April 23, 2024

Have you ever wondered what tree species your wooden furniture is made of?
Soon, your curiosity will be satisfied and you will be able to easily identify a piece of wood by using your smartphone.
This will be made possible through a mobile phone application being developed by the Department of Science and Technology-Forest Products Research and Development Institute (FPRDI) and the Department of the Environment and Natural Resources-Forest Management Bureau (FMB).
The project aims to quickly and accurately identify selected wood species through a wood identification app using Android operating system.
Mario Ramos of the FPRDI said the project will use XyloTron, a machine-vision-based wood identification system developed by the U.S. Forest Service’s Forest Products Laboratory.
XyloTron uses image analysis, statistical processing software and the wood imaging device Xyloscope in capturing and analyzing the wood’s cross section.
“The project goal is to make sure all locally traded timber and timber products are correctly identified. Through the mobile app, a person can verify whether a piece of lumber is legally sourced or not,” Ramos said.
The government and the wood industry will benefit from the technology in terms of monitoring illegally sourced lumber and in the long run can help in forest conservation.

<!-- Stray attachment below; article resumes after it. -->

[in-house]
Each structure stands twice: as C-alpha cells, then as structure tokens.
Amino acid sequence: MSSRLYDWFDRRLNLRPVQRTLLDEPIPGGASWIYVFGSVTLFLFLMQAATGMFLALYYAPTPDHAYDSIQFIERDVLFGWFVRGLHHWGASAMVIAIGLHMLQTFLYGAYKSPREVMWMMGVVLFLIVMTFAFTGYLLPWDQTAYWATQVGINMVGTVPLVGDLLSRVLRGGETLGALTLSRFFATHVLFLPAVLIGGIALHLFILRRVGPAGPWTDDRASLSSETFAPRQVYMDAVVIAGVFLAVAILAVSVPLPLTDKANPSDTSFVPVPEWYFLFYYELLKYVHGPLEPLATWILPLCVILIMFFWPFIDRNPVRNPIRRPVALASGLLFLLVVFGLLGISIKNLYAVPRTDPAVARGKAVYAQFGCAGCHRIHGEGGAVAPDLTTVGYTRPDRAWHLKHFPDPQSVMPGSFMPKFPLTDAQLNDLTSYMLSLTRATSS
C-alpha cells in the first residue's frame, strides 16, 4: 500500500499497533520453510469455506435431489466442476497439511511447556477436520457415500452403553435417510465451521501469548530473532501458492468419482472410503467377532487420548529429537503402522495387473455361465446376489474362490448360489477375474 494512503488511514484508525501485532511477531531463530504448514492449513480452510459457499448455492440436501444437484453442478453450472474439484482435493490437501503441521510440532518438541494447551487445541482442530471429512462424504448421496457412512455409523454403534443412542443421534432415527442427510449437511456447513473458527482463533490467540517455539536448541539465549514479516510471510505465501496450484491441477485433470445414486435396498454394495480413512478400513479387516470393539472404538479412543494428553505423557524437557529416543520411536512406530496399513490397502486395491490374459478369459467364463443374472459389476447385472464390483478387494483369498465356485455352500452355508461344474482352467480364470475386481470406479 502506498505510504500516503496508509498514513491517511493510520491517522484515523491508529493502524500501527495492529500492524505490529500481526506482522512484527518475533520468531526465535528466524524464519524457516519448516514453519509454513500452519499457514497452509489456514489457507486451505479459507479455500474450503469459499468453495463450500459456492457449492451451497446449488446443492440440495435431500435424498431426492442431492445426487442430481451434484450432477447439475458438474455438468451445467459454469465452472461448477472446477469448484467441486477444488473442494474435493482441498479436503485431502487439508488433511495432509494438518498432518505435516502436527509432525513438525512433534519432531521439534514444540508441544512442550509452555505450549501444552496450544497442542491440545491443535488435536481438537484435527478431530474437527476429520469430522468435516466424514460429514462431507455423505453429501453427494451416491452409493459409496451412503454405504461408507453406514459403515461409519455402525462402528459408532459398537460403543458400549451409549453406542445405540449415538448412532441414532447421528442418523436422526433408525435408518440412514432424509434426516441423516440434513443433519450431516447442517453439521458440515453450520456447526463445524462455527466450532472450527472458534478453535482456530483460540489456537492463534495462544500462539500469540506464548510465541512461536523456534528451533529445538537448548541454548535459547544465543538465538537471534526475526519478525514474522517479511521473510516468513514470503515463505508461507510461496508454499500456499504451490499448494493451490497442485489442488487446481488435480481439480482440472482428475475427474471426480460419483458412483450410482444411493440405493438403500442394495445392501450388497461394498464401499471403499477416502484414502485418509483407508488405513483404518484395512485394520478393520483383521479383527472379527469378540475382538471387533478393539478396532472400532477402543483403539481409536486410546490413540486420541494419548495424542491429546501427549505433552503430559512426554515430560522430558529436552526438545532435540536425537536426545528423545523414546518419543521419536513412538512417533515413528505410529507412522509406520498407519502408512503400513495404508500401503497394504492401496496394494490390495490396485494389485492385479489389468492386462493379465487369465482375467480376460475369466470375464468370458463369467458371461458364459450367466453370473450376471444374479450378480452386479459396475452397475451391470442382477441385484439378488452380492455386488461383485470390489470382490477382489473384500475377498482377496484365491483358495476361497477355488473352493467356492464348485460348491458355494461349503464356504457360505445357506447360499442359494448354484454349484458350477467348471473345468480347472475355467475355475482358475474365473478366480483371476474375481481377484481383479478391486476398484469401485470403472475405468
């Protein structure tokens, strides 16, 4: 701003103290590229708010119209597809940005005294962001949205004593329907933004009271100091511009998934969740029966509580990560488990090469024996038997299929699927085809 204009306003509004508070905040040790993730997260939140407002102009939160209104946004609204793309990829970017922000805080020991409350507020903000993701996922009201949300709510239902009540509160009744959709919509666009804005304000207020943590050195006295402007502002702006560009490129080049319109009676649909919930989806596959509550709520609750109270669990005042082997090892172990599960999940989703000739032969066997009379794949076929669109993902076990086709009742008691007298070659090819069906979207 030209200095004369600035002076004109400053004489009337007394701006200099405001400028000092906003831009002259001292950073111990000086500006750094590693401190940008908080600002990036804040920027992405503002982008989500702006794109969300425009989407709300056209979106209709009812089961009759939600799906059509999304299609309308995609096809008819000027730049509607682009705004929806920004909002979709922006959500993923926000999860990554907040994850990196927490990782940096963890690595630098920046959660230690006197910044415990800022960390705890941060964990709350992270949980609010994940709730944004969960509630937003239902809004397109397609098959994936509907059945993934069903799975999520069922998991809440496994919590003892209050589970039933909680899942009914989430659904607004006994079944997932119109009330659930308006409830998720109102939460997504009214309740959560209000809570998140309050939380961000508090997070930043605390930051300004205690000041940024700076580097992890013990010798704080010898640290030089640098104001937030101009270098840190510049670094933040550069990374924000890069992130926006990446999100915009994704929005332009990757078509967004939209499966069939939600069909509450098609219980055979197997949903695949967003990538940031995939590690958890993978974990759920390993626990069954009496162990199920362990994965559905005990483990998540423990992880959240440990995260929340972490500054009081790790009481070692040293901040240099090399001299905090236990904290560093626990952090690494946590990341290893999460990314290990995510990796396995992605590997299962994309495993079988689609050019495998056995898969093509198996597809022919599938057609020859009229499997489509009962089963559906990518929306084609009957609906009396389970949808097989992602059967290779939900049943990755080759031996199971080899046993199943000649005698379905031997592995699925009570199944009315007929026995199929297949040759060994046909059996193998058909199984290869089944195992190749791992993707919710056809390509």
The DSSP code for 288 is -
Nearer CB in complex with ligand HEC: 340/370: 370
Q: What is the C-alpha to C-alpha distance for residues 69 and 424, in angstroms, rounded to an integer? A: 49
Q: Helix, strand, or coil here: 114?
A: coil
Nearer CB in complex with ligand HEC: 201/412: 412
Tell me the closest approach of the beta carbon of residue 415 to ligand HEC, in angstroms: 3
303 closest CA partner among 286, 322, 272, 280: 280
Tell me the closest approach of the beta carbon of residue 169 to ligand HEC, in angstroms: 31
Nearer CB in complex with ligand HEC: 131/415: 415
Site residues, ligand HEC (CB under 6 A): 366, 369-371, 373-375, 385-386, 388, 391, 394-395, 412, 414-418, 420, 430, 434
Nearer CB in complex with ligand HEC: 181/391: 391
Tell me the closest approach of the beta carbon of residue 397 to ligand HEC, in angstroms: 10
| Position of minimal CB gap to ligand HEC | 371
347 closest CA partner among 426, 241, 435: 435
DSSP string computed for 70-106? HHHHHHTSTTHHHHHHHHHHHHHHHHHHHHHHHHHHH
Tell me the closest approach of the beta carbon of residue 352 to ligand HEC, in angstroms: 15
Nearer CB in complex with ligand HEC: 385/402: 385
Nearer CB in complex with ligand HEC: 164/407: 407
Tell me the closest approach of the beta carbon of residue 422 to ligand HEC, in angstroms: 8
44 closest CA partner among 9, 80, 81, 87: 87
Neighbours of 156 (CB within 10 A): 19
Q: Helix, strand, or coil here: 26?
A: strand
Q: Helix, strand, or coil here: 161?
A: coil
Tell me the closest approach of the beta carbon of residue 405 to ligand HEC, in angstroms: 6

“The app will identify initially 30 commercially traded wood species in the Philippines, which include endemic, exotic, and imported trees. As it can be used offline, the app is reliable even if the user is off-the-grid,” Ramos said.
For decades now, FPRDI’s wood identification service has been an important part of the government’s campaign against illegal logging.
Executive Order 23 prohibits logging in all natural and second-growth forests, but allows the harvesting of trees grown in industrial plantations.
Upon DENR’s request, FPRDI experts conducted on-site and off-site identification of confiscated wood, and submitted reports, which served as legal evidence against the violators.
The mobile app project is funded by the Food and Agriculture Organization of the United Nations under its European Union Forest Law Enforcement, Governance and Trade Programme, and is expected to be completed by June 2021. – Apple Jean C. Martin-de Leon